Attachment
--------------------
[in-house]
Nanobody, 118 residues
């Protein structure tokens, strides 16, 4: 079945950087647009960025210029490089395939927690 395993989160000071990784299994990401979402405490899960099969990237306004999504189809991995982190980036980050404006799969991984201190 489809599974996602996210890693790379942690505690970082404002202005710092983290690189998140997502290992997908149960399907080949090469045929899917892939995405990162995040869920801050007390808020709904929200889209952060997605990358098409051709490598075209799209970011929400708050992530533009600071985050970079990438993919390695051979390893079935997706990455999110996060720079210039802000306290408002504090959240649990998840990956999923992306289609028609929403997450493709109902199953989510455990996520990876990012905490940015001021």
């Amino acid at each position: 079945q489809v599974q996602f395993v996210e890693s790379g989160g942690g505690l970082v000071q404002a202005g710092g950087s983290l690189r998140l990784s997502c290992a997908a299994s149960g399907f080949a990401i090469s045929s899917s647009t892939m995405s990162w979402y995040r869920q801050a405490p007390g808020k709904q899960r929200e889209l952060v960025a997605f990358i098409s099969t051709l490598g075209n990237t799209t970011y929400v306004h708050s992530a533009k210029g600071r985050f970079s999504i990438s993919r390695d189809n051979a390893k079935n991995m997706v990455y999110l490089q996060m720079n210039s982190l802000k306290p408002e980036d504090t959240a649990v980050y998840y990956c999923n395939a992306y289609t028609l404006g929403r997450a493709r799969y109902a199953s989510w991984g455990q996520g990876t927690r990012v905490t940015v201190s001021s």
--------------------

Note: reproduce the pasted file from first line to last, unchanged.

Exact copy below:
[in-house]
Nanobody, 118 residues
């Protein structure tokens, strides 16, 4: 079945950087647009960025210029490089395939927690 395993989160000071990784299994990401979402405490899960099969990237306004999504189809991995982190980036980050404006799969991984201190 489809599974996602996210890693790379942690505690970082404002202005710092983290690189998140997502290992997908149960399907080949090469045929899917892939995405990162995040869920801050007390808020709904929200889209952060997605990358098409051709490598075209799209970011929400708050992530533009600071985050970079990438993919390695051979390893079935997706990455999110996060720079210039802000306290408002504090959240649990998840990956999923992306289609028609929403997450493709109902199953989510455990996520990876990012905490940015001021």
């Amino acid at each position: 079945q489809v599974q996602f395993v996210e890693s790379g989160g942690g505690l970082v000071q404002a202005g710092g950087s983290l690189r998140l990784s997502c290992a997908a299994s149960g399907f080949a990401i090469s045929s899917s647009t892939m995405s990162w979402y995040r869920q801050a405490p007390g808020k709904q899960r929200e889209l952060v960025a997605f990358i098409s099969t051709l490598g075209n990237t799209t970011y929400v306004h708050s992530a533009k210029g600071r985050f970079s999504i990438s993919r390695d189809n051979a390893k079935n991995m997706v990455y999110l490089q996060m720079n210039s982190l802000k306290p408002e980036d504090t959240a649990v980050y998840y990956c999923n395939a992306y289609t028609l404006g929403r997450a493709r799969y109902a199953s989510w991984g455990q996520g990876t927690r990012v905490t940015v201190s001021s």